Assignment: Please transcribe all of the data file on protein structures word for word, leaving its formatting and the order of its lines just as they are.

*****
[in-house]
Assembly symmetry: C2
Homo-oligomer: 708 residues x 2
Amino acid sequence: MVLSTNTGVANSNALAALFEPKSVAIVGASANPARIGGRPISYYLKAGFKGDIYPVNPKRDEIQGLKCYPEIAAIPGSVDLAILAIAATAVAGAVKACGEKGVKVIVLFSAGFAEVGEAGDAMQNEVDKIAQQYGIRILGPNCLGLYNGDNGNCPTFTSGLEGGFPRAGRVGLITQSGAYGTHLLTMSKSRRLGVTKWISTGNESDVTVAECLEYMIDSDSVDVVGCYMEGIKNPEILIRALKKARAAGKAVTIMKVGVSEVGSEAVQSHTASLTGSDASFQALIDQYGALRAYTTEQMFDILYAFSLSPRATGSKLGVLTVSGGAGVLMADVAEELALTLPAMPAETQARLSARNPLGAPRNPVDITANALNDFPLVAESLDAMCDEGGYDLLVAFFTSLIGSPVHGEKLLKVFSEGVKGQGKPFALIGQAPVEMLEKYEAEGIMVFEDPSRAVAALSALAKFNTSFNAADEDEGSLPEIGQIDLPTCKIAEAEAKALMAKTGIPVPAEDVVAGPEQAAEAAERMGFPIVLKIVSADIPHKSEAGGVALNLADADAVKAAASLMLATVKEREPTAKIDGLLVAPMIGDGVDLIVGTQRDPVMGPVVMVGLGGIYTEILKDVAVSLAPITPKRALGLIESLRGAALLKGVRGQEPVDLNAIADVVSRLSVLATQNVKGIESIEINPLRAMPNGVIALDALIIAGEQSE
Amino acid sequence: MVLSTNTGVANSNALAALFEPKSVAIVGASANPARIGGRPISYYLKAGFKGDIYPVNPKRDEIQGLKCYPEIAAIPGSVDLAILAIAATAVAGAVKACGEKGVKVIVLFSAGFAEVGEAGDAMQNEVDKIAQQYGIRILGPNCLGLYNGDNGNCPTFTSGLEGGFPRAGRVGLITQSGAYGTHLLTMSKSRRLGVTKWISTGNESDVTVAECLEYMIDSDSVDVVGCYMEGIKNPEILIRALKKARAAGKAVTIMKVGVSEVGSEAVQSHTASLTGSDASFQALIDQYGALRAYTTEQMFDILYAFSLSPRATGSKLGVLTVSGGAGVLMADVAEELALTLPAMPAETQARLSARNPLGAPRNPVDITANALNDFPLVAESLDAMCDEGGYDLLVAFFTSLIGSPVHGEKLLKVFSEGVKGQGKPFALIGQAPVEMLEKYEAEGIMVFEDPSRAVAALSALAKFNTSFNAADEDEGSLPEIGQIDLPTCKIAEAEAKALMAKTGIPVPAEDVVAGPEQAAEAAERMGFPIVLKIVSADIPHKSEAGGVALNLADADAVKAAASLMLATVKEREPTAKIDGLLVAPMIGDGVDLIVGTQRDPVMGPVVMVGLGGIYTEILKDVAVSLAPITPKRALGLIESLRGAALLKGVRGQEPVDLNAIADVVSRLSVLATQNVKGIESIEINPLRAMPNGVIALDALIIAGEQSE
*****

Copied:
[in-house]
Assembly symmetry: C2
Homo-oligomer: 708 residues x 2
Amino acid sequence: MVLSTNTGVANSNALAALFEPKSVAIVGASANPARIGGRPISYYLKAGFKGDIYPVNPKRDEIQGLKCYPEIAAIPGSVDLAILAIAATAVAGAVKACGEKGVKVIVLFSAGFAEVGEAGDAMQNEVDKIAQQYGIRILGPNCLGLYNGDNGNCPTFTSGLEGGFPRAGRVGLITQSGAYGTHLLTMSKSRRLGVTKWISTGNESDVTVAECLEYMIDSDSVDVVGCYMEGIKNPEILIRALKKARAAGKAVTIMKVGVSEVGSEAVQSHTASLTGSDASFQALIDQYGALRAYTTEQMFDILYAFSLSPRATGSKLGVLTVSGGAGVLMADVAEELALTLPAMPAETQARLSARNPLGAPRNPVDITANALNDFPLVAESLDAMCDEGGYDLLVAFFTSLIGSPVHGEKLLKVFSEGVKGQGKPFALIGQAPVEMLEKYEAEGIMVFEDPSRAVAALSALAKFNTSFNAADEDEGSLPEIGQIDLPTCKIAEAEAKALMAKTGIPVPAEDVVAGPEQAAEAAERMGFPIVLKIVSADIPHKSEAGGVALNLADADAVKAAASLMLATVKEREPTAKIDGLLVAPMIGDGVDLIVGTQRDPVMGPVVMVGLGGIYTEILKDVAVSLAPITPKRALGLIESLRGAALLKGVRGQEPVDLNAIADVVSRLSVLATQNVKGIESIEINPLRAMPNGVIALDALIIAGEQSE
Amino acid sequence: MVLSTNTGVANSNALAALFEPKSVAIVGASANPARIGGRPISYYLKAGFKGDIYPVNPKRDEIQGLKCYPEIAAIPGSVDLAILAIAATAVAGAVKACGEKGVKVIVLFSAGFAEVGEAGDAMQNEVDKIAQQYGIRILGPNCLGLYNGDNGNCPTFTSGLEGGFPRAGRVGLITQSGAYGTHLLTMSKSRRLGVTKWISTGNESDVTVAECLEYMIDSDSVDVVGCYMEGIKNPEILIRALKKARAAGKAVTIMKVGVSEVGSEAVQSHTASLTGSDASFQALIDQYGALRAYTTEQMFDILYAFSLSPRATGSKLGVLTVSGGAGVLMADVAEELALTLPAMPAETQARLSARNPLGAPRNPVDITANALNDFPLVAESLDAMCDEGGYDLLVAFFTSLIGSPVHGEKLLKVFSEGVKGQGKPFALIGQAPVEMLEKYEAEGIMVFEDPSRAVAALSALAKFNTSFNAADEDEGSLPEIGQIDLPTCKIAEAEAKALMAKTGIPVPAEDVVAGPEQAAEAAERMGFPIVLKIVSADIPHKSEAGGVALNLADADAVKAAASLMLATVKEREPTAKIDGLLVAPMIGDGVDLIVGTQRDPVMGPVVMVGLGGIYTEILKDVAVSLAPITPKRALGLIESLRGAALLKGVRGQEPVDLNAIADVVSRLSVLATQNVKGIESIEINPLRAMPNGVIALDALIIAGEQSE